- On 10 February 2021
Today, customers expect a flawless customer experience, and they have high expectations of you providing it. If you want to prevent costly and potentially damaging customer complaints, you should do everything in your power to guarantee your customers’ experiences are positive. Sometimes that can include providing customers with the best possible user verification methods.
Vetting your users and enhancing your customers’ experience with your online service is extremely important to help you to satisfy your clients. On the other hand, there’s a balance between security and convenience.
In this blog post, we’re comparing the pros and cons of a couple of very widely used user verification methods and give you an idea of how you can balance convenience and security.
2FA or MFA
Two-factor authentication (or multi-factor authentication) has been adopted as the number one way of user verification method in the past decade. The principle behind it is fairly simple: instead of relying on one factor (i.e. password), add another one (a single-use code) to further tighten the security.
As with everything in life, there are some pros and cons to it.
To summarize the pros of 2FA:
- The addition of an extra layer of security. This alone chases away the woes of stolen or breached accounts, giving your users a legitimate sense of security when using your app. It eliminates the risk of weak-password-related breaching attempts, and it gives you the opportunity of reminding your users to change their passwords to something better after a number of failed 2FA login attempts. This shows your users that you care.
- The number of ways it can be utilized. Biometric two-factor authentication is a verification method that leverages the user’s inherent qualities, or “who they are”. This includes their fingerprint, face, voice patterns, and so on. This method provides a great level of security as it uses unique parameters, incredibly difficult to crack, and fast and convenient.
- Knowledge-based authentication. Its premise is based on “shared secrets”, meaning that only the user and the app will know them. In practice, these are the questions that the app or website asks you during sign-up, such as “where did you go to high-school” or “what was your first pet’s name”. Historically this is one of the older methods of 2FA and is still in use.
Moving on to the cons:
- It’s not bulletproof. For example, if you opt to use e-mail as your one-time password delivery method, keep in mind that the e-mail of the user could be compromised. Or if something happens to the user’s mobile phone, they won’t be able to use your service.
- The cost. It involves extra costs as SMS is a relatively expensive way of sending messages. On top of that, dealing with an SMS provider and the varying costs per operator and country can become a headache pretty fast. However, VerifyKit solves this problem by letting you verify your users over WhatsApp and Telegram, reducing your verification costs by 80%. Not only that, if you’re using SMS, VerifyKit automatically finds the cheapest operators for SMS for you and verifies users on the cheap. You’ll never have to deal with multiple telecom companies in every country you do business in.
- Biometric verification is still new. you can use various sensors in mobile devices such as the fingerprint reader or the camera for face recognition to authenticate a user for added security, but not all mobile phones have these features yet so they will remain underutilized in the near future.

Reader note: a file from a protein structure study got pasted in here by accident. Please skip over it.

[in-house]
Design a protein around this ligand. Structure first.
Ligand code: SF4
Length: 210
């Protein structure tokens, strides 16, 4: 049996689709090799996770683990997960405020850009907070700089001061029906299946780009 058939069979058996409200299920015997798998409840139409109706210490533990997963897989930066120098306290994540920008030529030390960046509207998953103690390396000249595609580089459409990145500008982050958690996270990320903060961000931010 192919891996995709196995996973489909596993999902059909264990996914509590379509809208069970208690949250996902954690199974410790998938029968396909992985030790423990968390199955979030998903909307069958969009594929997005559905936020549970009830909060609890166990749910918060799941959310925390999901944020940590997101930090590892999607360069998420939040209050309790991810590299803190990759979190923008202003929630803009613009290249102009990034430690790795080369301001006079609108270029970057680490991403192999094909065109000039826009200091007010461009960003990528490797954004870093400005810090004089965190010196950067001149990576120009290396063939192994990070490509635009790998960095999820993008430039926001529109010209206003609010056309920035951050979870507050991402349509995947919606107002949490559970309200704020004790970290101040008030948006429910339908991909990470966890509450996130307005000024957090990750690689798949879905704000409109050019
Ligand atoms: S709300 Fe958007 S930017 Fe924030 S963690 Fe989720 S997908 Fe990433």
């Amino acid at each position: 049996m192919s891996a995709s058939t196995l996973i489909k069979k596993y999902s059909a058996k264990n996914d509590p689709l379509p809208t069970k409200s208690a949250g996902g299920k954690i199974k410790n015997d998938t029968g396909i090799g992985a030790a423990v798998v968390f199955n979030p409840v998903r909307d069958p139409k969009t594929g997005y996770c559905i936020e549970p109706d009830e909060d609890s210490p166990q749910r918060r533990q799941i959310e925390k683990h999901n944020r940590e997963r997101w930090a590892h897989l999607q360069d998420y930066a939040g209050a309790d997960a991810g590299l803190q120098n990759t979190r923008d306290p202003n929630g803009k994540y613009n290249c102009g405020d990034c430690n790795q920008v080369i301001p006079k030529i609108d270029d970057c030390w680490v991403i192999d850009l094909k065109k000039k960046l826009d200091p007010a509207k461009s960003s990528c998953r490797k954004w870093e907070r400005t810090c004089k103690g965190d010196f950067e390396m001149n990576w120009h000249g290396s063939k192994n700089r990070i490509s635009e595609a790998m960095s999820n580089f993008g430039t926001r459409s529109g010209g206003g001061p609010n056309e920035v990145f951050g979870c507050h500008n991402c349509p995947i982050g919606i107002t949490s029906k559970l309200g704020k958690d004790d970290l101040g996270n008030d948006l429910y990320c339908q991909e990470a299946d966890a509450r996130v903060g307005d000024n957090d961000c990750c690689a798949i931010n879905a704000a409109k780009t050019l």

- Knowledge-based authentication is infamous for its weakness against social engineering. It was a somewhat good way of authenticating users 20 years ago when social media wasn’t around but now, with all the personal information is out there on social media, it’s an easy method to circumvent.
The utilization of SSO authentication is supported by many websites, apps, and services, and it’s fair to say that it has become a mainstream technology.
Although it can be considered as an extension to the traditional username and password paradigm, it streamlines the process of using passwords and lowers the risk of user error.
It takes the “user” out of the username and password has its advantages:
- It makes it easier for the user to remember passwords and there are fewer of them to remember. Considering an average person has around 100 passwords, it allows the user the freedom of dealing with just one or two SSO passwords instead of 100.
- It streamlines the login process. It only takes a click to sign in with SSO in place, instead of typing up usernames and passwords.
- SSO implementation is easy. There are multiple popular social SSO providers out there and you won’t ever need to worry about any of your users not signed up for any of them.
- It hugely reduces the number of calls to your customer support as usernames and passwords is basically out of the equation.
It’s pretty evident that it makes the user’s life easier. However, there are some cons to this solution as well.
- It creates a huge point of failure. If the user loses access to the SSO provider or gets his/her password stolen, it’s basically game over.
- If the SSO itself is down, the user won’t be able to access your service or app without your assistance.
Keeping up-to-date with technology and learning new ways to deliver your services or enhance your clients’ experience will enable you to keep your business running smoothly for a long time. If you stay up to date with new software and technologies, you’ll be in the best position possible to meet and surpass your clients’ expectations, keep your costs low, and maintain a wonderful customer experience.